PoliticsAugust 10, 2017

Dirty Politics turns three: where are Cam, Jason, Carrick and the rest now?


Three years ago today Dirty Politics was published, lighting the fuse on an extraordinary election campaign. Hayden Donnell looks into what the cast of Nicky Hager’s book have been up to since.

It seems impossible, but there was a time when politics was even worse than it is now.

Today our most fractious political debate is around Metiria Turei confessing to mass murder historic benefit fraud. One of the Newshub political team may soon set themselves alight in Cuba Street in protest at the government’s refusal to execute the Green Party leader.

But if that seems intense, cast your mind back to this time last election cycle. The year was 2014. City-fringe Auckland houses still only cost $1.5 million. Jesse Peach was preparing to change New Zealand forever with this live cross. And Nicky Hager, a journalist then known primarily for lifting the lid on Hollow Men and corn, had just dragged 300 people to Unity Bookstore in Wellington and given birth to our national nervous breakdown: the 166-page text titled Dirty Politics.

Drawing on emails illegally hacked by the mysterious “Rawshark”, Hager’s book meticulously detailed how National Party officials had set up a back channel to funnel attacks on their critics through one of the worst blogs in the world, Whale Oil Beef Hooked. The scandal reached all the way to Prime Minister John Key, with the revelation one of his staffers, Jason Ede, was having regular Facebook Messenger chats with Whale Oil culprit Cameron Slater.

Everyone melted down. Media. Politicians. Twitter. Especially Twitter. Judith Collins resigned. Key even looked ruffled a few times. Glenn Greenwald was involved? For a while it seemed we’d never talk about anything else. Then the election happened, National won as usual, and it seemed like it was all for nothing. The consensus was that the book hadn’t achieved that much.

But is that true? Was Dirty Politics as ineffectual as some have said? Maybe it didn’t change the election, but it definitely changed a few people’s operating procedures. It’s time to do the unthinkable, dive right back into New Zealand’s Cameron Slater-shaped cistern, and find out where the key characters from the book have ended up. Welcome to Dirty Politics: Where Are They Now.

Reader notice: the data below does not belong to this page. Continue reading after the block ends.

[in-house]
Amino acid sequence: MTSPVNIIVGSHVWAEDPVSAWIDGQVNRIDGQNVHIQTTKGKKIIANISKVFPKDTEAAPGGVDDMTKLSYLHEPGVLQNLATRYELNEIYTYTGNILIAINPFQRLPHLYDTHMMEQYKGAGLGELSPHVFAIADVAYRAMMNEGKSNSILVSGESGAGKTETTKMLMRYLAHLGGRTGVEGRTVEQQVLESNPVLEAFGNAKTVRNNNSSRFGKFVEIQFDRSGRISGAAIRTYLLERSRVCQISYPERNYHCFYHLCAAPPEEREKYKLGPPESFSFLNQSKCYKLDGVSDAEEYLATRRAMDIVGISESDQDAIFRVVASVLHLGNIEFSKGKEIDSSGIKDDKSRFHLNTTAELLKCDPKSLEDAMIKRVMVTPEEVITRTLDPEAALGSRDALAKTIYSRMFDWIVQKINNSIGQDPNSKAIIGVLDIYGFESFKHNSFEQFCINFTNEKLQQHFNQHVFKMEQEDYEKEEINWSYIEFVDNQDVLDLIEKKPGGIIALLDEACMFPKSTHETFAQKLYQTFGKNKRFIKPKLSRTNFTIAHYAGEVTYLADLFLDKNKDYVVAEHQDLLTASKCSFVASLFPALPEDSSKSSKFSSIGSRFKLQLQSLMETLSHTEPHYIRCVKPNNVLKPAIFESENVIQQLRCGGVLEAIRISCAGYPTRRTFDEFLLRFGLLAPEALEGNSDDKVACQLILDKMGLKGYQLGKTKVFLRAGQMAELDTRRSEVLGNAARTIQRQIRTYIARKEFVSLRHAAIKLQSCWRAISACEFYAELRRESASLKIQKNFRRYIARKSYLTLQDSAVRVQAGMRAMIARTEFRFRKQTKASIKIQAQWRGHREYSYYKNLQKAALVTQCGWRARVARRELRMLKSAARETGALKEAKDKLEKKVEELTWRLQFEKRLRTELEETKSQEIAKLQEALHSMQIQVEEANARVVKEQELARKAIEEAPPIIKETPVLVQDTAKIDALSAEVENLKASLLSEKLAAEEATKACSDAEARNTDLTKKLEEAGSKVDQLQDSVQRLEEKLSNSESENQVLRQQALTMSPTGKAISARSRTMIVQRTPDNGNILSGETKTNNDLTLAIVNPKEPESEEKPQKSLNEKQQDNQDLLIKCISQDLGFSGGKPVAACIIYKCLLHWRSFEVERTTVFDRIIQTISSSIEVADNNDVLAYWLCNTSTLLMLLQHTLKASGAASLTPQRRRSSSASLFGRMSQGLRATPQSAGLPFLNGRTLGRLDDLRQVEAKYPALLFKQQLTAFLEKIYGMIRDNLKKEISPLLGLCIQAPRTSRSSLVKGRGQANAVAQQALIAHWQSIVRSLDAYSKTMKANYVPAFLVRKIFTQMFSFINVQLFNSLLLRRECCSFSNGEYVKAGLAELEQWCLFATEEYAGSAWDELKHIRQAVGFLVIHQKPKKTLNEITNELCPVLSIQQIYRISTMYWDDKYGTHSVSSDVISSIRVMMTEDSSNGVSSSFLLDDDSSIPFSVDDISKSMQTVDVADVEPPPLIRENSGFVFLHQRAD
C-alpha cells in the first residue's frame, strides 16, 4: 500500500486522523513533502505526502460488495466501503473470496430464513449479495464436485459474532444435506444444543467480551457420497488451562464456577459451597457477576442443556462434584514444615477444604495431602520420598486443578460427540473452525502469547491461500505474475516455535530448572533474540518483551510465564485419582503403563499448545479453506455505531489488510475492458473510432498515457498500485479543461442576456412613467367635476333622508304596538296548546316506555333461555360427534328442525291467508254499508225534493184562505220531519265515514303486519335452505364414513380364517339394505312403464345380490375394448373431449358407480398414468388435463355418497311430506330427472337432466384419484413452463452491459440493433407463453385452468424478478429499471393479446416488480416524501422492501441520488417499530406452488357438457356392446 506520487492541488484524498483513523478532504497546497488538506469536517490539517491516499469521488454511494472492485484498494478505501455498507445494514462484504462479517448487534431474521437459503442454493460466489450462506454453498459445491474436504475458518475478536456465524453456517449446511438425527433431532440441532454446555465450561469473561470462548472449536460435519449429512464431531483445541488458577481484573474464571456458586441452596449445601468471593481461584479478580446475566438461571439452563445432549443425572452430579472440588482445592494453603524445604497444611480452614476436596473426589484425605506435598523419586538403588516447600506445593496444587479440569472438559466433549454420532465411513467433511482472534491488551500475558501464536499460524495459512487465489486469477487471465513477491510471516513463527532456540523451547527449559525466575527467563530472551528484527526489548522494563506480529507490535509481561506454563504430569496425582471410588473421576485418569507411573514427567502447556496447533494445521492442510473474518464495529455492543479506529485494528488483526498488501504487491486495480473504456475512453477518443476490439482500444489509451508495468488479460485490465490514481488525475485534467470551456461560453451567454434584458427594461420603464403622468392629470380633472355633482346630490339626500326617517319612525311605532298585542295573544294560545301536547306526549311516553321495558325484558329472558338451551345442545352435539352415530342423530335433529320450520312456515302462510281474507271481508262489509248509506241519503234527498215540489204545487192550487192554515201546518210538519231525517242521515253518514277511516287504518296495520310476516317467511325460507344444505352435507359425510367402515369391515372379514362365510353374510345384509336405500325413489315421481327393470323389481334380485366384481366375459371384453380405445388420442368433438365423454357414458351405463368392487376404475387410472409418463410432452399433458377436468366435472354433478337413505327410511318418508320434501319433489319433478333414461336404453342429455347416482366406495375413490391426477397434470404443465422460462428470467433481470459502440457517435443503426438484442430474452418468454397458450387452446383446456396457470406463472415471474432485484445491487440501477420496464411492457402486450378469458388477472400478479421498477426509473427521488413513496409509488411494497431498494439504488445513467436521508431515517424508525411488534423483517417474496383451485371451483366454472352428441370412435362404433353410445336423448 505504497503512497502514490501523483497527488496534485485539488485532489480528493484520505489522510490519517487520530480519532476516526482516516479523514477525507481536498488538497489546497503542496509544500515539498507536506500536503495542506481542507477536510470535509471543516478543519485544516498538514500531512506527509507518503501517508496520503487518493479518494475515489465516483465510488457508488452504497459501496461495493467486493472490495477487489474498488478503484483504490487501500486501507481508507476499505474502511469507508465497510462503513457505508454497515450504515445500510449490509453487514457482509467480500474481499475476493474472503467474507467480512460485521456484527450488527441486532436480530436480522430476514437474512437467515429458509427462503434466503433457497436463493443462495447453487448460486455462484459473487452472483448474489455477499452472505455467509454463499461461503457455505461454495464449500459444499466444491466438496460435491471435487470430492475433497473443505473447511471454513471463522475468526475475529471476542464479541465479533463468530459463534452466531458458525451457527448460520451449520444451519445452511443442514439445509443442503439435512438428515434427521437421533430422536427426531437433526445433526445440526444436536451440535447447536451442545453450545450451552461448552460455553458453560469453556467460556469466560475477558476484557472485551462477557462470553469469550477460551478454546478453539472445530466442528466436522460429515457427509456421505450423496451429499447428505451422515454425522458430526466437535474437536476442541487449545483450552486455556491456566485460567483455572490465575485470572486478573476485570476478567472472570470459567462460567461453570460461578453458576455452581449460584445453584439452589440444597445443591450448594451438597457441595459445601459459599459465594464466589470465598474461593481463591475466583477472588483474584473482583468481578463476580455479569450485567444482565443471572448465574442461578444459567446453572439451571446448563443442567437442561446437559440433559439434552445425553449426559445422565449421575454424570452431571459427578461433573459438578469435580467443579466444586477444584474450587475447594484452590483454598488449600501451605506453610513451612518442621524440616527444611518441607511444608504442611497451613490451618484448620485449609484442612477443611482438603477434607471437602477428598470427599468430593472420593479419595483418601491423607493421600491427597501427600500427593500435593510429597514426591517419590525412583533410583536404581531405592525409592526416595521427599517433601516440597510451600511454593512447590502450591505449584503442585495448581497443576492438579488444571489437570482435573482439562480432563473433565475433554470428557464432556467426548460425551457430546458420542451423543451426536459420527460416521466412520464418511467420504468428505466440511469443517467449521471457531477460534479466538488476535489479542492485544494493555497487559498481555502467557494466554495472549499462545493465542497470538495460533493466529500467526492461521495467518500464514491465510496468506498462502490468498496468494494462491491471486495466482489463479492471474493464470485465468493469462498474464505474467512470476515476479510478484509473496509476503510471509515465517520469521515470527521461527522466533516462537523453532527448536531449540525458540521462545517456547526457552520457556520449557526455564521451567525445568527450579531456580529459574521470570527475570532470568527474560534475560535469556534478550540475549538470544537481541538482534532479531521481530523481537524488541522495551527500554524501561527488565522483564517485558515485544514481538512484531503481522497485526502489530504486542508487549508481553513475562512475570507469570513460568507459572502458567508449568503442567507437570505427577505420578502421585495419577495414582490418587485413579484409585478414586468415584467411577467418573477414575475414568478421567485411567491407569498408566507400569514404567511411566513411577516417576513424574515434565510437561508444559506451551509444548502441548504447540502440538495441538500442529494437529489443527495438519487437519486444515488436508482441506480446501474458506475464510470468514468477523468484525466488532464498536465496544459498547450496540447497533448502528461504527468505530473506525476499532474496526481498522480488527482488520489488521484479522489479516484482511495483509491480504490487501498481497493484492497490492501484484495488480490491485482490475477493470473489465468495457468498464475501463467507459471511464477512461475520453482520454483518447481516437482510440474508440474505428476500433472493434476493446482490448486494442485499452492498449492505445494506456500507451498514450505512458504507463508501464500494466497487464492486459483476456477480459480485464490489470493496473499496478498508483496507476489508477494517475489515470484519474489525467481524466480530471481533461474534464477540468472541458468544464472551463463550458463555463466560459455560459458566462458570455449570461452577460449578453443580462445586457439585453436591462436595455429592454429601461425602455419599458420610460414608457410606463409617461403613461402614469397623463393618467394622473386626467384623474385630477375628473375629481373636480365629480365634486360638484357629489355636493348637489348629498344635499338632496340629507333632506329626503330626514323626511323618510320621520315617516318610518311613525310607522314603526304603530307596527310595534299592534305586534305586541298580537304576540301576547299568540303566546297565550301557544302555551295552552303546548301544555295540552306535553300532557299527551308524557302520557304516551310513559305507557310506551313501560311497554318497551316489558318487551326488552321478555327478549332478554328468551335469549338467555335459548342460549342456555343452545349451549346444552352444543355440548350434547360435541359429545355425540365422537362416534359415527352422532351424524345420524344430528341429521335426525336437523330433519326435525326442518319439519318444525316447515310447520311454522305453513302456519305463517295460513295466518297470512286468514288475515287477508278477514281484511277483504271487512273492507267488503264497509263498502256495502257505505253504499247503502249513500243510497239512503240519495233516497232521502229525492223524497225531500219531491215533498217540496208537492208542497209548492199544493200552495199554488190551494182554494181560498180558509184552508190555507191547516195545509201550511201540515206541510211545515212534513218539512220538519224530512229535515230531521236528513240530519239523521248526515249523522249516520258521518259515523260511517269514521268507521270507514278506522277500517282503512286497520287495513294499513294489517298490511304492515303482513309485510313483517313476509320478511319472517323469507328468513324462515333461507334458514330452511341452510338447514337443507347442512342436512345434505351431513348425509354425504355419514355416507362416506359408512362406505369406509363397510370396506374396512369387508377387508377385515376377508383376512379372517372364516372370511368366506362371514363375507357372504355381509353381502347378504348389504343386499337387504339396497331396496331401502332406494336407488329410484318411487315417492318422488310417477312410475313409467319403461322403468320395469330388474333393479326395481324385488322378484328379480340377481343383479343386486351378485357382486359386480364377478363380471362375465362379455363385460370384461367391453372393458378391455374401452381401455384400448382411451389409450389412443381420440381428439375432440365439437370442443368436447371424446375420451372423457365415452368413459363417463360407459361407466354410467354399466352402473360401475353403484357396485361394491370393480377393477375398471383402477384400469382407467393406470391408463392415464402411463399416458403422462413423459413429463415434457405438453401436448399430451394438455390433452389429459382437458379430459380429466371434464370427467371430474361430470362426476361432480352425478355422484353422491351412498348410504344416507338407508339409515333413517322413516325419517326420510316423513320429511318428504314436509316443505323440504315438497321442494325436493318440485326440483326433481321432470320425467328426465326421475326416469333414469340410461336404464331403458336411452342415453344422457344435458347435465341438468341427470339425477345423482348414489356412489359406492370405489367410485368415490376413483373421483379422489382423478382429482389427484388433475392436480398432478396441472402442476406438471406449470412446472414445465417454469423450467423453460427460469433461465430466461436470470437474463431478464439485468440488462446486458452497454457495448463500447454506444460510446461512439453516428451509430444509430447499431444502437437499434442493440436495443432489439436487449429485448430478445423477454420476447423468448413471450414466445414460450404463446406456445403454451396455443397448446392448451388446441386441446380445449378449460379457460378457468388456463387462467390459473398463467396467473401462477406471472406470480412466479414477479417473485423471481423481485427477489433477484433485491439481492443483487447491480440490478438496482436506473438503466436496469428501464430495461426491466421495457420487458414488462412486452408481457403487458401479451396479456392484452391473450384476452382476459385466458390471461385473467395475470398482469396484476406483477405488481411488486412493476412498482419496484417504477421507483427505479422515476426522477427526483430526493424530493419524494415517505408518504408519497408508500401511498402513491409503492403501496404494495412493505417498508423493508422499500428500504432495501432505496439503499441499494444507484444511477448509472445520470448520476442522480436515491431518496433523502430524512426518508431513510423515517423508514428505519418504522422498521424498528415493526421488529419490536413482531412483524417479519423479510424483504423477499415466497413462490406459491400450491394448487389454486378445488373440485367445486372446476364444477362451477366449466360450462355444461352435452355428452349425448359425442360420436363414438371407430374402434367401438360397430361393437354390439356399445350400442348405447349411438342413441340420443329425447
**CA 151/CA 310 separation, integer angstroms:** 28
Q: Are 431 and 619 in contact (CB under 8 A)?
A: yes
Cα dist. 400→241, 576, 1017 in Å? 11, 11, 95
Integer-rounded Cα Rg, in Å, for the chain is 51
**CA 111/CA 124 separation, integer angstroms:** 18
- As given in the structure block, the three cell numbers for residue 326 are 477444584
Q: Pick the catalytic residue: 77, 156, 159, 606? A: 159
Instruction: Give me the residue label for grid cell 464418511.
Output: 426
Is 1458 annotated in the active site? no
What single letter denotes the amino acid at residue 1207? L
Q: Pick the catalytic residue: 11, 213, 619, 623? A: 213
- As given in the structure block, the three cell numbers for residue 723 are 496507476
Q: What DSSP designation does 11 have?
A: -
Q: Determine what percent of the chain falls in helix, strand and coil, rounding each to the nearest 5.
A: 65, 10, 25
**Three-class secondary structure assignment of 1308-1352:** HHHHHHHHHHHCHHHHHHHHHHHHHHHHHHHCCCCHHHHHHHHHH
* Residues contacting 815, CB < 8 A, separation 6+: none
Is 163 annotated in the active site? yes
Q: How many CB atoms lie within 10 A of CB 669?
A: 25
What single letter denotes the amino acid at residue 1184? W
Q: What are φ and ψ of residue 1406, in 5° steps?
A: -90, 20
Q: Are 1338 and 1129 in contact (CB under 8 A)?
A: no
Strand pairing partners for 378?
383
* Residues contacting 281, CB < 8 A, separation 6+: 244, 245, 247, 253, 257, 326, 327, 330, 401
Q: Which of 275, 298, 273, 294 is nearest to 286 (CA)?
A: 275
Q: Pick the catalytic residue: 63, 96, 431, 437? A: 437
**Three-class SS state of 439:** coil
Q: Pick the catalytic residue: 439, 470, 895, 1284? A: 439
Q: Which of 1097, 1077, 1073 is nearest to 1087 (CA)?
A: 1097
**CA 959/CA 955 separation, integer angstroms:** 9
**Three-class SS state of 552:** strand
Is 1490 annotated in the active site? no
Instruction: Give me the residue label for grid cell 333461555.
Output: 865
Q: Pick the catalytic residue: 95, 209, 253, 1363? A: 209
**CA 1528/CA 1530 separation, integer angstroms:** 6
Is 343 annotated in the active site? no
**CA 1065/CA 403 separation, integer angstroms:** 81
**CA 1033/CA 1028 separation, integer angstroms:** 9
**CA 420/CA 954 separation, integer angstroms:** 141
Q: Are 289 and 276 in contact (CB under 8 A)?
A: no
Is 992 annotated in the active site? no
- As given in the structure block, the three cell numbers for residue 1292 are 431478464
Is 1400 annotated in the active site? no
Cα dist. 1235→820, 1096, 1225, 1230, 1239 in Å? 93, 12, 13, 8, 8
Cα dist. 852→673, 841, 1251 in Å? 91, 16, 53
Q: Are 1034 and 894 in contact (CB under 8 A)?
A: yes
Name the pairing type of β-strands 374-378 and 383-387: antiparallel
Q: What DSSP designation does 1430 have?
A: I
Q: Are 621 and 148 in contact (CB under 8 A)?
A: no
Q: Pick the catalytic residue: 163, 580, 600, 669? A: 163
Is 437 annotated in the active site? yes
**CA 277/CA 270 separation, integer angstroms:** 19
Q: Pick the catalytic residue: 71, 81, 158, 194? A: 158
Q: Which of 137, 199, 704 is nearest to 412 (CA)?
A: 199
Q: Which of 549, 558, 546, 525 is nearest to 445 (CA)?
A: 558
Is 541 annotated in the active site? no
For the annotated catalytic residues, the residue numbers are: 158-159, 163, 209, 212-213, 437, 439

Jason Ede

Poor Jason Ede. All he ever wanted was for messy journalists to pick up their cigarette butts. Somehow he became one of the most recognisable and reviled figures in New Zealand politics for three turbulent months. He was the black ops man in the prime minister’s office. The human-shaped link between John Key and Whale Oil. A notoriously bad judge of golf venues.


Ede quit his job working for Key the day before the 2014 General Election. He was last reported to have got a new role working for telecommunications company TeamTalk. Is he still there? Honestly, who cares? Ede is like Luigi Wewege but without the virtue of an awesome name.

Cameron Slater

It’s now clear that Hager infused Dirty Politics with a powerful curse on Cameron Slater. Nothing short of black magic explains the liquidation of Slater’s life since the book was published. Here’s an abridged list of the terrible things that have befallen him:

  1. Got knocked out in a Fight For Life by Jesse Ryder, causing him to suffer an extremely large number of abusive Stuff and YouTube comments and several bruises to any remaining pride.
Cameron Slater enters the ring before his fight against Jesse Ryder. Photo by Martin Hunter/Getty Images
  1. Became such a toxic brand he got sidelined from his own blog, which is entirely based on being as toxic a brand as possible.
  2. Got fined after being found to be in contempt of court.
  3. Had a booklet of insults about him sent to more than a million homes by Colin Craig.
  4. Became embroiled in a legal battle with Craig over the booklet of insults, prompting Steve Braunias to write a large number of stories about him.

It’s tempting to say no man deserves all this misfortune. But that’s not true. One man does deserve it, and that man is Cameron Slater.

Carrick Graham